Website performance: impact of web fonts

Although it was possible to embed fonts in web pages even during the dark ages of the internet, 2010 was the year when the pieces of the web typography puzzle really fell into place, Designers, Marketeers and especially “brand identity guards” are ecstatic about this evolution.

But there’s little to be found on the performance impact of web fonts. Because you’re downloading extra files, so there must be some impact, no? I created 4 identical pages; one without non-browser-native fonts, one with Cufon (which I already knew I wasn’t fond of), one with the hosted Google Font solution and one with local fonts (from Those 4 pages were analyzed by (3 runs on IE8 from the Amsterdam node). These are the results:

doc complete (s)# requestsdownload size (Kb)diff with basic (s)full testresult url
webfont (local)1.807231890.30
webfont (google)1.771231620.26

As was to be expected and confirmed in the Google Webfonts FAQ, even the fastest method (hosted Google Fonts) is 0,26s slower then the version without web fonts. Locally hosted fonts are marginally slower, but that’s because (for reasons I don’t fully understand) 2 font-files were loaded instead of only 1 in the Google Fonts-powered page. Cufon isn’t really worth mentioning here, it’s dead-slow and has become rather irrelevant I guess. I did not test a version with images instead of web fonts, but that would probably yield approximately the same result (5 image files, each somewhere between 4 and 8Kb?) and is sub-optimal form a SEO and accessibility point of view.

So 0,3 seconds, that’s not too bad, no? Or is it? If you’re creating an online shop, Amazon’s experience might be of particular interest here; every 100ms delay costs them 1% in sales. So are you willing to lose 3% revenue just to have those nice fonts, which your visitors probably couldn’t care about less?

My advice; don’t use web fonts if you value performance. And you should consider performance a top priority, not just for sales’ sake, but because raw website performance also impacts usability and search engine ranking.

If your brand identity manager insists on using the right fonts, performance be damned, then try to at least follow these basic best practices:

  • have the CSS that defines your fonts (with font-face) as early in your HTML as possible and  certainly before any script is loaded
  • use Google’s hosted font-solution if possible; it’s fast, the CSS is optimized for the browser that requests it and there’s a lot of free fonts at your disposal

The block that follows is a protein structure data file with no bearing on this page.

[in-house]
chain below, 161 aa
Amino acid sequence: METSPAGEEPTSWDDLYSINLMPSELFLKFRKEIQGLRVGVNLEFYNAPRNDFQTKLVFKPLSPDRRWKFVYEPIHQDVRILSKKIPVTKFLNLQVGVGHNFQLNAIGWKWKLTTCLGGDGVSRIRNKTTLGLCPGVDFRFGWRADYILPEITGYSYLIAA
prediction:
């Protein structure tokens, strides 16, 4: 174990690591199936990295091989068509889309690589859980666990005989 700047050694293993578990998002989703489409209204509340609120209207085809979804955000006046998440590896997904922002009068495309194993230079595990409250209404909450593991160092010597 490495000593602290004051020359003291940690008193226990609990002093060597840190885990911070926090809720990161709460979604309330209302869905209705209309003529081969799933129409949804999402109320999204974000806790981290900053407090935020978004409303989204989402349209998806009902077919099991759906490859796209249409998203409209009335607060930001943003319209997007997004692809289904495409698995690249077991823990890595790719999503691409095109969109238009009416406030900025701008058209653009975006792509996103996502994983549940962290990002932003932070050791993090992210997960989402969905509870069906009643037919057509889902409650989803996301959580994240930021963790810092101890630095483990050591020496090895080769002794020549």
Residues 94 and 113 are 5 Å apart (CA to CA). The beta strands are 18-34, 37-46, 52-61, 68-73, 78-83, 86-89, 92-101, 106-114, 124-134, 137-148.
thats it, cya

• if you have to host the fonts yourself, make sure to serve the WOFF format (the new standard) and SVG (for iPhone/iPad) next to the more traditional TTF (the “old” standard) and EOT (for MSIE)
  • if you’re hosting your own fonts, configure your webserver to on-the-fly compress ttf, svg & eot-files (woff-files are already compressed) and set expire-headers for all fonts in the far future to allow optimal caching (example for Apache):

AddType font/ttf .ttf
AddType font/x-woff .woff
AddType image/svg+xml .svg
AddType application/ .eot
ExpiresByType font/ttf “access plus 30 days”
ExpiresByType font/x-woff “access plus 30 days”
ExpiresByType image/svg+xml “access plus 30 days”
ExpiresByType application/ “access plus 30 days”
AddOutputFilterByType DEFLATE font/ttf application/ image/svg+xml

6 thoughts on “Website performance: impact of web fonts

    1. frank Post author

      I’m sure you don’t Rushan, but compare your site with and without webfonts m in a tool such as and the performance difference will be very clear. But it’s a trade-off between performance and aesthetics only you, as site-owner, can make.

      1. Jeffrey Schimsky

        What is missing from this page is information about licensing and the increasingly nickel-hungry font purveyors… This is their new revenue machine (I know that Google’s service is free, but most of the others aren’t–and they are the only way to get some of the more traditionally useful faces). The big thing that Font-as-Service does for us? Licensing is handled. No charge for embedding (Flash, pdf, etc.), no extra charge for tablet embedding, etc.

        I agree this is a branding/SEO conversation–but this licensing nightmare being removed is also HUGE!

  1. Chris Thompson

    This is an interesting study. However, one factor which will differentiate your test results from real-world results is caching.

    As Google’s Web Fonts become more popular, for example, there’s an increasing chance of a user already having any particular web font in their cache. In that case page load time won’t increase at all.

    Likewise, any user who visits more than one page on a site will only suffer the slower performance caused by downloading a web font on their first page view. Repeat visitors to your site will also benefit from having the font cached.

    1. frank Post author

      Hi Chris; I agree that caching can play a significant role for the 2nd pageview and beyond, but I consider “the increasing chance of a user already having any particular web font in their cache” a bit too optimistic.

      Browser cache is known to have its flaws (cache size being a prime reason) and given the fact there’s 500+ fonts on Google Web Fonts, the chance of a user happening to have your specific font in cache on first pageview, seems pretty slim.

  2. Pingback: Производительность веб-шрифтов | Фрилансер Кирилл Куликов

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